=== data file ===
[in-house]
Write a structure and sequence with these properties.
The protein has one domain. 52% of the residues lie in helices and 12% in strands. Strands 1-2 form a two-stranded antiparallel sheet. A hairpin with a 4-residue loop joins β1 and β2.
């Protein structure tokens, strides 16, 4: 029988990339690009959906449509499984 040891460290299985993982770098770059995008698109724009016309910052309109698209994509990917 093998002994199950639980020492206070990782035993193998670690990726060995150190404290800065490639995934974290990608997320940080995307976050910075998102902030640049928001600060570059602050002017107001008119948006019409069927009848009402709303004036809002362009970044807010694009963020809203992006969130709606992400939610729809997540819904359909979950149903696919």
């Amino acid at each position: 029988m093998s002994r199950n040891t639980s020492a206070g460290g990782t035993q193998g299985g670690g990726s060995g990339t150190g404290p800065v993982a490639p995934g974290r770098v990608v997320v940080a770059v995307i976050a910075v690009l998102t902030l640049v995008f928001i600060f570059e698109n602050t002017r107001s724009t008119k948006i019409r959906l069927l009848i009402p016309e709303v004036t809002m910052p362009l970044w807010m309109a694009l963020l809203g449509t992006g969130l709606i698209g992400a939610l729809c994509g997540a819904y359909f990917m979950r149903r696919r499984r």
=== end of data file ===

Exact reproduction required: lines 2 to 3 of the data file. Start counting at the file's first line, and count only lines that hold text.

Write a structure and sequence with these properties.
The protein has one domain. 52% of the residues lie in helices and 12% in strands. Strands 1-2 form a two-stranded antiparallel sheet. A hairpin with a 4-residue loop joins β1 and β2.